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JH

North Sea and Alaskan Oil

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John Malcolm photographs at Snowwhite, photo by Faye Norman. John Malcolm billboards on Sandringham Road, photo by Faye Norman. John Malcolm photographs at Snowwhite, photo by Faye Norman. John Malcolm photographs at Snowwhite, photo by Faye Norman. Center for Land Use Interpretation, The Trans-Alaska Pipeline, slides, text, and music.

Most of Malcolm's photographs of the late seventies /early eighties, Inside Offshore, were taken secretly in high security situations - especially the outside furtive shots of grimy helmeted men working below him on gusty platforms above the turbulent North Sea - but the indoor portraits of colleagues working in kitchens or playing violins in bunkrooms are affectionate and open.

Auckland Arts Festival

 

John Malcolm & Centre for Land Use Interpretation
Upstream Midstream Downstream
Curated by Lisa Reihana

 

2 March - 25 March 2011

This Unitec exhibition, examining the lengths the oil industry goes to extract or transport its primary product, was put together by Lisa Reihana, and is in three parts: John Malcolm’s two large billboards on the side of a building on Carrington Road, directed at the passing traffic; his black/white photographs (framed or pinned up) in Snowwhite Gallery; a coloured slide sequenced documentary made by CLUI (Centre for Land Use Interpretation) on the trans-Alaska pipeline that was built in the late seventies to transport ‘black gold’ to West Coast US market.

The billboards are kind of funny, in a black, morose, scary sort of way, for the photographed lifeboat (seen alongside a huge rig) is unable to be lowered to the sea. The rigging is too short and so it becomes a symbol for the oil industry’s incompetence, its ineptitude in the face of disaster. The juxtaposition of the two images is clearly loaded.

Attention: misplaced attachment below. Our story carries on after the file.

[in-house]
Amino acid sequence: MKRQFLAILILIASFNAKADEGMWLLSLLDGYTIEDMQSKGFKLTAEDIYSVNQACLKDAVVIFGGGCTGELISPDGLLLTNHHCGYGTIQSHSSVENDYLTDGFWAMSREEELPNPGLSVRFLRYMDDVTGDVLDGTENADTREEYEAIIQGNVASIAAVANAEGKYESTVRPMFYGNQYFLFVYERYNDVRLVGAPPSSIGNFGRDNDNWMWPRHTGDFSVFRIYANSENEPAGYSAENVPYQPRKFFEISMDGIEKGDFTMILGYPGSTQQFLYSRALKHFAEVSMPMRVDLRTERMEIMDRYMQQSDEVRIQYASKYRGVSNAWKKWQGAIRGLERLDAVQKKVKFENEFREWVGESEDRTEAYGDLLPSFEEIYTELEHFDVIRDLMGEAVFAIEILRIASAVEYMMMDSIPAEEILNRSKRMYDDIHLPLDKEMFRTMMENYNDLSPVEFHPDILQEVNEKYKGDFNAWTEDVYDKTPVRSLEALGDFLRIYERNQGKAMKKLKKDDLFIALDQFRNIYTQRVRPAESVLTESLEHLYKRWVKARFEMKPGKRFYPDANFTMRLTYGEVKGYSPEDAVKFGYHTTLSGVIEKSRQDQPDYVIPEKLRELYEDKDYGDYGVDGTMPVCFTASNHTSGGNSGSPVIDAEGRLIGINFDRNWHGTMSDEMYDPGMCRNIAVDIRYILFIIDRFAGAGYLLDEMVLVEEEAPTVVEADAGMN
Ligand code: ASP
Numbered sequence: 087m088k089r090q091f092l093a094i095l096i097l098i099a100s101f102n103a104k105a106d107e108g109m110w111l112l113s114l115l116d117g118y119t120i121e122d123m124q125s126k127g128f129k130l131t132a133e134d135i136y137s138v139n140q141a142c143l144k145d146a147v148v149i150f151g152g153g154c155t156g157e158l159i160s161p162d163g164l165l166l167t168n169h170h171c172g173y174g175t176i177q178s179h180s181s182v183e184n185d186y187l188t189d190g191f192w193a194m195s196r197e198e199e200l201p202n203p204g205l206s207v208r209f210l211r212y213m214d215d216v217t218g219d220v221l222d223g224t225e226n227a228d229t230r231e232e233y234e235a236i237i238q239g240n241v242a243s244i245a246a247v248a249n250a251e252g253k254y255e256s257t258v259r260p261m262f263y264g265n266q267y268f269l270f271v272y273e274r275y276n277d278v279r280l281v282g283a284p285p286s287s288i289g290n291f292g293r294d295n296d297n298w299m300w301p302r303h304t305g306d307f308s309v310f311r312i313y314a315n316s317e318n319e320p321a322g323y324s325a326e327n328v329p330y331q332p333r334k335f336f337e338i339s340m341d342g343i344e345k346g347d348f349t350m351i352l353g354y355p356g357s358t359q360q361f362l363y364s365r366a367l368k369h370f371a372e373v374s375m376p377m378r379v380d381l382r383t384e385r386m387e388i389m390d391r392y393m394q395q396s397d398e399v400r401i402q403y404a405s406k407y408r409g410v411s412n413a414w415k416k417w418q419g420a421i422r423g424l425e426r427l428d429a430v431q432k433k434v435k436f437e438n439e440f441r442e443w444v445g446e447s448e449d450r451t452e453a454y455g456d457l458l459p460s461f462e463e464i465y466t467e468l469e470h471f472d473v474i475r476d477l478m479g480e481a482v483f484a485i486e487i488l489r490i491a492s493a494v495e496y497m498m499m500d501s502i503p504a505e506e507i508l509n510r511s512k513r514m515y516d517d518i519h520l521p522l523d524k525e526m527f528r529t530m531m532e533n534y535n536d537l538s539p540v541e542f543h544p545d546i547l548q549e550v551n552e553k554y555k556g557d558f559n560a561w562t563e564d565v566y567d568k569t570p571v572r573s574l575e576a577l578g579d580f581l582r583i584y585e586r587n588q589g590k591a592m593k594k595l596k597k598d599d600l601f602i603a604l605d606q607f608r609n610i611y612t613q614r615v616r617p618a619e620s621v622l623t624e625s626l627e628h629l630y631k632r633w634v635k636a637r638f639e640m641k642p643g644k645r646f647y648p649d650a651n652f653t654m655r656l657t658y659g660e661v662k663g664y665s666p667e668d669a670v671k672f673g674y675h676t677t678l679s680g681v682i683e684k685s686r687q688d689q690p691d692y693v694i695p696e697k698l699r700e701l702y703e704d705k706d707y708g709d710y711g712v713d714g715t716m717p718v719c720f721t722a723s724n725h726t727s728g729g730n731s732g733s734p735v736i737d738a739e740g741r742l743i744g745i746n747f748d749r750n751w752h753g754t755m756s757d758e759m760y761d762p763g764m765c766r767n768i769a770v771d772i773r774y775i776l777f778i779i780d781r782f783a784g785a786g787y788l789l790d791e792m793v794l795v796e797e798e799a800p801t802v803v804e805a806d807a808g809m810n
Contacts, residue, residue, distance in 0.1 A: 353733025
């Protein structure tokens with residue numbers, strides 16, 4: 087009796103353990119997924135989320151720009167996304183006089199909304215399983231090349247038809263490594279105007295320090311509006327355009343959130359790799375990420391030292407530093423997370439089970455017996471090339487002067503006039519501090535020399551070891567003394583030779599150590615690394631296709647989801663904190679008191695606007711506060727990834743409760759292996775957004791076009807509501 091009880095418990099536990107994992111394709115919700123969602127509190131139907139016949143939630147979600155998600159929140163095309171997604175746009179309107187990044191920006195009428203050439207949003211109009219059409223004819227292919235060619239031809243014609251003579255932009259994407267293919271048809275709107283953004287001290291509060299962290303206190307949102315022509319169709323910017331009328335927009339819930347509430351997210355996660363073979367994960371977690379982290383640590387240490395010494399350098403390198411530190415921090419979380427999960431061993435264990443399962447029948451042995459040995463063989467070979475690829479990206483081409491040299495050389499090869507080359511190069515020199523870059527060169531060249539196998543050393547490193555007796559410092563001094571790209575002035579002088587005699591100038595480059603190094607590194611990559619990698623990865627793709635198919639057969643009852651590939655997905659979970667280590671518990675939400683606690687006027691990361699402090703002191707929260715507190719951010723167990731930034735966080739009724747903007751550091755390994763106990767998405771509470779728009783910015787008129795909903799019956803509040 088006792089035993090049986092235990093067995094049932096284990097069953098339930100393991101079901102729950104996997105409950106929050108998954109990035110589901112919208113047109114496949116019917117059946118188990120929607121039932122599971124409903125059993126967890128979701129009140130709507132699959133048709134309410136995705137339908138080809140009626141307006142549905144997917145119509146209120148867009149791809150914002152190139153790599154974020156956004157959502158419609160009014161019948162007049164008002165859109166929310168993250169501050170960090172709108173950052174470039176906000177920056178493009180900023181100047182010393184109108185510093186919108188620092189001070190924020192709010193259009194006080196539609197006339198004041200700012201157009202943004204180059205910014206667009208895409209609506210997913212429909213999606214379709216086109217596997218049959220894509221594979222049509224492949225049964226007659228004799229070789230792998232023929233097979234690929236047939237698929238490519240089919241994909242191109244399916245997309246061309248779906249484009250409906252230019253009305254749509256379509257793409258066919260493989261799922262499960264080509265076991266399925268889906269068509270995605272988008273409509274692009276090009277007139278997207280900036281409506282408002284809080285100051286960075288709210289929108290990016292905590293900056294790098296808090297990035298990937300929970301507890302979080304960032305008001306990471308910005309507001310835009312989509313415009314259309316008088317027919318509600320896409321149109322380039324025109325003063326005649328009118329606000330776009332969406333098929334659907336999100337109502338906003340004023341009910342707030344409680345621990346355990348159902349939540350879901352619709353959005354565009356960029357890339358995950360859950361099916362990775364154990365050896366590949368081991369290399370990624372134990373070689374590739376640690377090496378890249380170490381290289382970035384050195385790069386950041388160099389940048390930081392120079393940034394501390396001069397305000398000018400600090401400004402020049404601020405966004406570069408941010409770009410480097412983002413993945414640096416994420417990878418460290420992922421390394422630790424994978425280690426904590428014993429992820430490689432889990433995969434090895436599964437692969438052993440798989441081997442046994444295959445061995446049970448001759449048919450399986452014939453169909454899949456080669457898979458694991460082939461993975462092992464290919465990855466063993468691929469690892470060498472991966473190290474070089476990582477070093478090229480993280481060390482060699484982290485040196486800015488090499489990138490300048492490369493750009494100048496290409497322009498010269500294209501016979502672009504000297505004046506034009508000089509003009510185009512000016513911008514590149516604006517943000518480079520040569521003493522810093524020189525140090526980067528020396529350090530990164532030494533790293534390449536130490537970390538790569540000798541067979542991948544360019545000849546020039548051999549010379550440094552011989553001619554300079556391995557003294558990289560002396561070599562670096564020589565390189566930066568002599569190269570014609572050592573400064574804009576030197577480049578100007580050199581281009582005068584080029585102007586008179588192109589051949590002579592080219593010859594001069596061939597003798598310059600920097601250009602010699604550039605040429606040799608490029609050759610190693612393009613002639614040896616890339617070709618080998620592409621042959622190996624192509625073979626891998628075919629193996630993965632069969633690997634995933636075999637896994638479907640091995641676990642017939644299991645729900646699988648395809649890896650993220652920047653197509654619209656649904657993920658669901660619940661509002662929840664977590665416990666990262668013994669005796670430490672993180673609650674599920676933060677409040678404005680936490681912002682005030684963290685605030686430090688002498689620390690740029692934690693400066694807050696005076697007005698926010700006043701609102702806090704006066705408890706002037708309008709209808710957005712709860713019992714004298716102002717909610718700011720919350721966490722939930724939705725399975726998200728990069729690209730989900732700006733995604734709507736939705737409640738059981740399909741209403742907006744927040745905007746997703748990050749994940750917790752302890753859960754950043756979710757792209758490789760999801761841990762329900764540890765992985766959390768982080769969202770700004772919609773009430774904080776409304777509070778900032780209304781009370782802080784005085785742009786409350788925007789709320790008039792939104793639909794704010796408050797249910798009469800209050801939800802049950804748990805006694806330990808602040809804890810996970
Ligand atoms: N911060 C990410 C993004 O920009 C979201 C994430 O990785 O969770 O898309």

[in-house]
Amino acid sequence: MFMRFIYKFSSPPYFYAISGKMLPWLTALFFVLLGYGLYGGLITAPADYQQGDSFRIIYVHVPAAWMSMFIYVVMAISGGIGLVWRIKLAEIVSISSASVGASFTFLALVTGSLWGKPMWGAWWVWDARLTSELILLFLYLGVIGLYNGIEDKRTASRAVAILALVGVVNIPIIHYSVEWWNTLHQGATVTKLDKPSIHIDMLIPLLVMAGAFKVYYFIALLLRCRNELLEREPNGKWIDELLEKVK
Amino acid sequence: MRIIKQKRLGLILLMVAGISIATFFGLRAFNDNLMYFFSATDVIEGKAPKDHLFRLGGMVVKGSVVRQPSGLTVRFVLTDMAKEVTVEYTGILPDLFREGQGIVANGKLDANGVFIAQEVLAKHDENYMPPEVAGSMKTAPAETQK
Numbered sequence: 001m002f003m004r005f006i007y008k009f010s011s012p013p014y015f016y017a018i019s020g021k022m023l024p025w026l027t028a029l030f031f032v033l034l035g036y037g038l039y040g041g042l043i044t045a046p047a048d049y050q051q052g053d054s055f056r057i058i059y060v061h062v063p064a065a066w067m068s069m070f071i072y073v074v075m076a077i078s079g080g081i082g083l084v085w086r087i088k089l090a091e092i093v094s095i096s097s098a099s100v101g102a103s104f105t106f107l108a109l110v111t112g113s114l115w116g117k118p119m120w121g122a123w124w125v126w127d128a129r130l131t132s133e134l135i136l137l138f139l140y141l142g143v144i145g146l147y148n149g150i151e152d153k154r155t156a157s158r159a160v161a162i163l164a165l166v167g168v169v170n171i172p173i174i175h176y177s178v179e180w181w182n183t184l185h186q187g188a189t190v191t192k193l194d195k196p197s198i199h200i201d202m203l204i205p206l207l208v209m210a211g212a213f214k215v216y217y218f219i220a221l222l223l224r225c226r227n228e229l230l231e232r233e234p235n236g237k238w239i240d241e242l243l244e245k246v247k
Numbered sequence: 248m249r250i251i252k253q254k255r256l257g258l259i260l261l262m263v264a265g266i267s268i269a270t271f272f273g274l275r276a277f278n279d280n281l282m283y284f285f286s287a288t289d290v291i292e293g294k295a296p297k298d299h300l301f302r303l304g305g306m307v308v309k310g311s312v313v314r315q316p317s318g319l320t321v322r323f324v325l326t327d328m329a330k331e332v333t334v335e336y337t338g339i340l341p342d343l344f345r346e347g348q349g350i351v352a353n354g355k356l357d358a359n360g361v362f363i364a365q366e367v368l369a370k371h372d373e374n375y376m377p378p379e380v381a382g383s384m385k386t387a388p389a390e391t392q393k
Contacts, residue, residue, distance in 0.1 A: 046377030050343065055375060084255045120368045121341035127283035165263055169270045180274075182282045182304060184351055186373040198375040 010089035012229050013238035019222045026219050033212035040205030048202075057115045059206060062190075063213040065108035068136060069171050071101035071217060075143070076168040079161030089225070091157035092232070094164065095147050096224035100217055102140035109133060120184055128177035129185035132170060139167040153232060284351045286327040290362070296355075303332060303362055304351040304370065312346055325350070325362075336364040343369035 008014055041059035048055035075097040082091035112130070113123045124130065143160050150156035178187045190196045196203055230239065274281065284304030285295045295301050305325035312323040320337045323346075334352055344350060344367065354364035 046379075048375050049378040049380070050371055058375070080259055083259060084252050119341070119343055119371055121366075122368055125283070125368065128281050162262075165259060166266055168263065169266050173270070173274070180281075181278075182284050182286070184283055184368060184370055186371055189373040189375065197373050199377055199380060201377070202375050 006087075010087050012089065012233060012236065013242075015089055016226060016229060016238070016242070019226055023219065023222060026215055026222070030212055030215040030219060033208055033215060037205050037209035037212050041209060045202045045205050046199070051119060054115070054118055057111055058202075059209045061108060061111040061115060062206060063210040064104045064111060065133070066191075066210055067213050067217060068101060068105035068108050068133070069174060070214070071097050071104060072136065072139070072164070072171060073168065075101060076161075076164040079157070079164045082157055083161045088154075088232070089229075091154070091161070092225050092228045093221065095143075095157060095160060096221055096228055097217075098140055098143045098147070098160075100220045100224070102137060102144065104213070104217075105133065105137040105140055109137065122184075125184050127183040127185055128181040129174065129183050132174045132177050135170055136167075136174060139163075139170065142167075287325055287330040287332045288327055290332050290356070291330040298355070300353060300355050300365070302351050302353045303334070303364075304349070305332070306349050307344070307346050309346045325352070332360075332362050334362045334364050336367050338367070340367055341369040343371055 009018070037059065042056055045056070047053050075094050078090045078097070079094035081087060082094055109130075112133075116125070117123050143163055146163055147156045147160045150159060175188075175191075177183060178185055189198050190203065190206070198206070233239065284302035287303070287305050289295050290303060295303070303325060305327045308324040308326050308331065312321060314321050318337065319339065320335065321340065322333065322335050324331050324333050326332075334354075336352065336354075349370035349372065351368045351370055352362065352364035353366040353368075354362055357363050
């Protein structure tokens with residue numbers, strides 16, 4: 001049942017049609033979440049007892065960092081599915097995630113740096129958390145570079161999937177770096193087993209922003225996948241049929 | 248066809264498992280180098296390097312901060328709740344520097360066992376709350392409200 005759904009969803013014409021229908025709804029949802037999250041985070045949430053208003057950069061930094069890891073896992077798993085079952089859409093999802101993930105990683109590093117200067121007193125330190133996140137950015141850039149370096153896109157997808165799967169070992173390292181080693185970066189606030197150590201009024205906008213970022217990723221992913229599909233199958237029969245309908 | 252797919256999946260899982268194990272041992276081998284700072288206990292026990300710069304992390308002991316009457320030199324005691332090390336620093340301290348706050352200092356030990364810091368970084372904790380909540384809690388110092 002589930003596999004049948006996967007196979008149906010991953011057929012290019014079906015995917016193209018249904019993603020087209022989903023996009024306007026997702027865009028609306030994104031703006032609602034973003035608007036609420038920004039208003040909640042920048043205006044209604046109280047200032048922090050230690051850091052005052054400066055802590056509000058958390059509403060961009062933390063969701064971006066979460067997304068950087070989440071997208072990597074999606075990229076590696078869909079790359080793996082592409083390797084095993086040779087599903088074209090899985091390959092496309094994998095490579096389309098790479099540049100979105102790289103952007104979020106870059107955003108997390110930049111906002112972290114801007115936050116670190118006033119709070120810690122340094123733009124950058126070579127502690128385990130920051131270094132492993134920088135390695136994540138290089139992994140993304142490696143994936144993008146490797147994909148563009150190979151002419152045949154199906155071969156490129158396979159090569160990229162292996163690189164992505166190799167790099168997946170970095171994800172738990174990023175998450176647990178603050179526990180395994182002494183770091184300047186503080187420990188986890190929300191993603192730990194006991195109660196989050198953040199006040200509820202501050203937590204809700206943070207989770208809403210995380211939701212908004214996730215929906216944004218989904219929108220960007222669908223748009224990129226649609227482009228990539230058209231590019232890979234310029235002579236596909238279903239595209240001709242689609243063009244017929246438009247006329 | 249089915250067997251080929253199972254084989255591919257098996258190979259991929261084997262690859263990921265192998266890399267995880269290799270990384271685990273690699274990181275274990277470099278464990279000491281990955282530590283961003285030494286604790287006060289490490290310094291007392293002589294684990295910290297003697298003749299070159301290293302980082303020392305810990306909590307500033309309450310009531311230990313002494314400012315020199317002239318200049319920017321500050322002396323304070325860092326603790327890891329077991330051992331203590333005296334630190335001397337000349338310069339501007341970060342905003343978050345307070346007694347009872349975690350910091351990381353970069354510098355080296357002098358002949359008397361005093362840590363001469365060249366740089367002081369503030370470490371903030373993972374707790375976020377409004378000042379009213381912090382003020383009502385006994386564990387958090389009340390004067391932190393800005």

Most of Malcolm’s photographs of the late seventies /early eighties, in the series Inside Offshore, were taken secretly in high security situations - especially the outside furtive shots of grimy helmeted men working below him on gusty platforms above the turbulent North Sea - but the indoor portraits of colleagues working in kitchens or playing violins in bunkrooms are affectionate and open. The detail of the machinery and ominous churning water is what creates the work’s appeal, showing a dangerous life on these women-deprived constructions far from shore. Six big gutsy images of rigs are pinned up on Snowwhite’s pristine walls; fourteen more intimate smaller ones are presented behind glass in metal frames.

Reihana’s inclusion of the CLUI doco, The Trans-Alaska Pipeline, as a foil to Malcolm’s images, is a stroke of genius. The text beneath this long forty minute sequence of gorgeous landscape photographs is highly informative - a north-south conduit 800 miles long with a hundred thousand 40’/60’ sections and costing eight billion dollars. Especially fascinating are its descriptions of measures taken to prevent mindless vandalism or calculated sabotage, the small settlements linked to it and its history with major earthquakes. The slide sequence however is marred by the background piano music by John Luther Adams which is too repetitive and intrusive. You can see the images here (blissfully soundfree) on your own computer.

This is an elegant show that though sometimes subtly critical of the oil industry, could almost be promoting its glamour, determination and resourcefulness. There are (naturally) no images of pollution or conflagration, everything is peaceful and serene - on the surface. Part unstated, often understated and decidedly chilling.

John Hurrell

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